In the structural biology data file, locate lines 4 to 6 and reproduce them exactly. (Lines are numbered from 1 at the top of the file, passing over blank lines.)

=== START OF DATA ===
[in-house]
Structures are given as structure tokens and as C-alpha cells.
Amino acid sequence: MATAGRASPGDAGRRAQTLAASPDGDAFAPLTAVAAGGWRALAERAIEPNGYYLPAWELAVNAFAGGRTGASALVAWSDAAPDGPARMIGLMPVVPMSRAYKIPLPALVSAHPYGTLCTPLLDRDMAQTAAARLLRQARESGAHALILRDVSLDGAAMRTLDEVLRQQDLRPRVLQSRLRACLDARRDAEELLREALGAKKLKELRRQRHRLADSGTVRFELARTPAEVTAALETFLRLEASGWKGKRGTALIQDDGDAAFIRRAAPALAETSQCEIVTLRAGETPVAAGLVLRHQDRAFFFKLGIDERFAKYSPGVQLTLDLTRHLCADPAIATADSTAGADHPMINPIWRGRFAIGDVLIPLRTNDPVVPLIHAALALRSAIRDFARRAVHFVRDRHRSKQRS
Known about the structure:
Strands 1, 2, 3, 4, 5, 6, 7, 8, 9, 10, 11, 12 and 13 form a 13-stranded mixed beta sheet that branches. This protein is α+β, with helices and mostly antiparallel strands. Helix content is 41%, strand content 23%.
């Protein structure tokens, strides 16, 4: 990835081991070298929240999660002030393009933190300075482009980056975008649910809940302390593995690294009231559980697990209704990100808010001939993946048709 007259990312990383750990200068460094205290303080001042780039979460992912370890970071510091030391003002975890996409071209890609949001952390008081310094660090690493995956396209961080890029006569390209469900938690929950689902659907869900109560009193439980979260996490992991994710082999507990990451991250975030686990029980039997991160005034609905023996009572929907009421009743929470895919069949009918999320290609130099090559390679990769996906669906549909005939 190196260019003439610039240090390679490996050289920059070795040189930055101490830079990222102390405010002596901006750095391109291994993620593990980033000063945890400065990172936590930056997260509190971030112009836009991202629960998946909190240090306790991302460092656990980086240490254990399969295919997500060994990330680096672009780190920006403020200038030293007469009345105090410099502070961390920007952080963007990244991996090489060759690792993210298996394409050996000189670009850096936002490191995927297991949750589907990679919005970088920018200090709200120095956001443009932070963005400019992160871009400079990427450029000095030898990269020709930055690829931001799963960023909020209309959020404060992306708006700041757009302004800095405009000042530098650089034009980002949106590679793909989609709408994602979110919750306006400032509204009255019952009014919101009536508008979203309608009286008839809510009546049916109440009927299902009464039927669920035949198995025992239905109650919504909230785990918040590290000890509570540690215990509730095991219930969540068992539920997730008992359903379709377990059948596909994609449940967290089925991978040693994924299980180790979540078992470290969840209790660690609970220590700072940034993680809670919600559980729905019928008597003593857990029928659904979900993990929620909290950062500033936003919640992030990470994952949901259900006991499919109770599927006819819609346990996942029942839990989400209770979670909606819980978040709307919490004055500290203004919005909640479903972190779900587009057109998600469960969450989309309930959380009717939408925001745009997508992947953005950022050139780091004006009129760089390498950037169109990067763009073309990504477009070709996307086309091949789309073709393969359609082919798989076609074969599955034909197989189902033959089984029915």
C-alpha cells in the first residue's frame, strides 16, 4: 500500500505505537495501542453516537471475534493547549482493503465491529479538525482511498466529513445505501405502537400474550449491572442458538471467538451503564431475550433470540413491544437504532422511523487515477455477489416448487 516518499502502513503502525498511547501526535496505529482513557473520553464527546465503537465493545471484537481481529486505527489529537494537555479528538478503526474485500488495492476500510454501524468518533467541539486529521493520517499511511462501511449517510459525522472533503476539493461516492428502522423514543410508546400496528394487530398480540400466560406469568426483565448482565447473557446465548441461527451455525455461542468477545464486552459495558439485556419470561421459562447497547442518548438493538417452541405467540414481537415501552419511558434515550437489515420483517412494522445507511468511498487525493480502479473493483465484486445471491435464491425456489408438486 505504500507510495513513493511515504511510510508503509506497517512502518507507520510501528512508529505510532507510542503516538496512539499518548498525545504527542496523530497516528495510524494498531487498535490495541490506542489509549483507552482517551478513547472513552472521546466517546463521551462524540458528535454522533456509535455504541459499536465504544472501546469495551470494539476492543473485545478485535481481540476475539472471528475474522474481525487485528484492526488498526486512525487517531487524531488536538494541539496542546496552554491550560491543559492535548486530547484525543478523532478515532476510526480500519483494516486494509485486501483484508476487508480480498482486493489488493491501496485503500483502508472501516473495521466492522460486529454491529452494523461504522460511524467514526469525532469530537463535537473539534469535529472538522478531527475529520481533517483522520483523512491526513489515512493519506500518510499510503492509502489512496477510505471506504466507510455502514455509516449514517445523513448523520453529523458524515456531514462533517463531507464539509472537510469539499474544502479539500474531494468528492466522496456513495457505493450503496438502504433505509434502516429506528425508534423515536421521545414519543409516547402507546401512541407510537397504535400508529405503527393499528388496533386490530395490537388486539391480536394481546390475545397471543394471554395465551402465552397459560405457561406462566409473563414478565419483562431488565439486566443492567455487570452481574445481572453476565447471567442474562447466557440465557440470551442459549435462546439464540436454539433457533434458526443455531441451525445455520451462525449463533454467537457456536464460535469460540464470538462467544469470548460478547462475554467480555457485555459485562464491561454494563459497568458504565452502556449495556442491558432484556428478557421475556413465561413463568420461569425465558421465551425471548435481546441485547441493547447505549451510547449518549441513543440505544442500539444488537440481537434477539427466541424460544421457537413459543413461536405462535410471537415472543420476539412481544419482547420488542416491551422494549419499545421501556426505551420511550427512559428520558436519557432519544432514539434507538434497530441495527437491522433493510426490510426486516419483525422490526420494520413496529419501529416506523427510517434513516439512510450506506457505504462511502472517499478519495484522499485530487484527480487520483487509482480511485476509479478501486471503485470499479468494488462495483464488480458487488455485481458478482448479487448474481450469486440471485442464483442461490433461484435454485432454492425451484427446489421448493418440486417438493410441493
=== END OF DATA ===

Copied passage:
Known about the structure:
Strands 1, 2, 3, 4, 5, 6, 7, 8, 9, 10, 11, 12 and 13 form a 13-stranded mixed beta sheet that branches. This protein is α+β, with helices and mostly antiparallel strands. Helix content is 41%, strand content 23%.
């Protein structure tokens, strides 16, 4: 990835081991070298929240999660002030393009933190300075482009980056975008649910809940302390593995690294009231559980697990209704990100808010001939993946048709 007259990312990383750990200068460094205290303080001042780039979460992912370890970071510091030391003002975890996409071209890609949001952390008081310094660090690493995956396209961080890029006569390209469900938690929950689902659907869900109560009193439980979260996490992991994710082999507990990451991250975030686990029980039997991160005034609905023996009572929907009421009743929470895919069949009918999320290609130099090559390679990769996906669906549909005939 190196260019003439610039240090390679490996050289920059070795040189930055101490830079990222102390405010002596901006750095391109291994993620593990980033000063945890400065990172936590930056997260509190971030112009836009991202629960998946909190240090306790991302460092656990980086240490254990399969295919997500060994990330680096672009780190920006403020200038030293007469009345105090410099502070961390920007952080963007990244991996090489060759690792993210298996394409050996000189670009850096936002490191995927297991949750589907990679919005970088920018200090709200120095956001443009932070963005400019992160871009400079990427450029000095030898990269020709930055690829931001799963960023909020209309959020404060992306708006700041757009302004800095405009000042530098650089034009980002949106590679793909989609709408994602979110919750306006400032509204009255019952009014919101009536508008979203309608009286008839809510009546049916109440009927299902009464039927669920035949198995025992239905109650919504909230785990918040590290000890509570540690215990509730095991219930969540068992539920997730008992359903379709377990059948596909994609449940967290089925991978040693994924299980180790979540078992470290969840209790660690609970220590700072940034993680809670919600559980729905019928008597003593857990029928659904979900993990929620909290950062500033936003919640992030990470994952949901259900006991499919109770599927006819819609346990996942029942839990989400209770979670909606819980978040709307919490004055500290203004919005909640479903972190779900587009057109998600469960969450989309309930959380009717939408925001745009997508992947953005950022050139780091004006009129760089390498950037169109990067763009073309990504477009070709996307086309091949789309073709393969359609082919798989076609074969599955034909197989189902033959089984029915």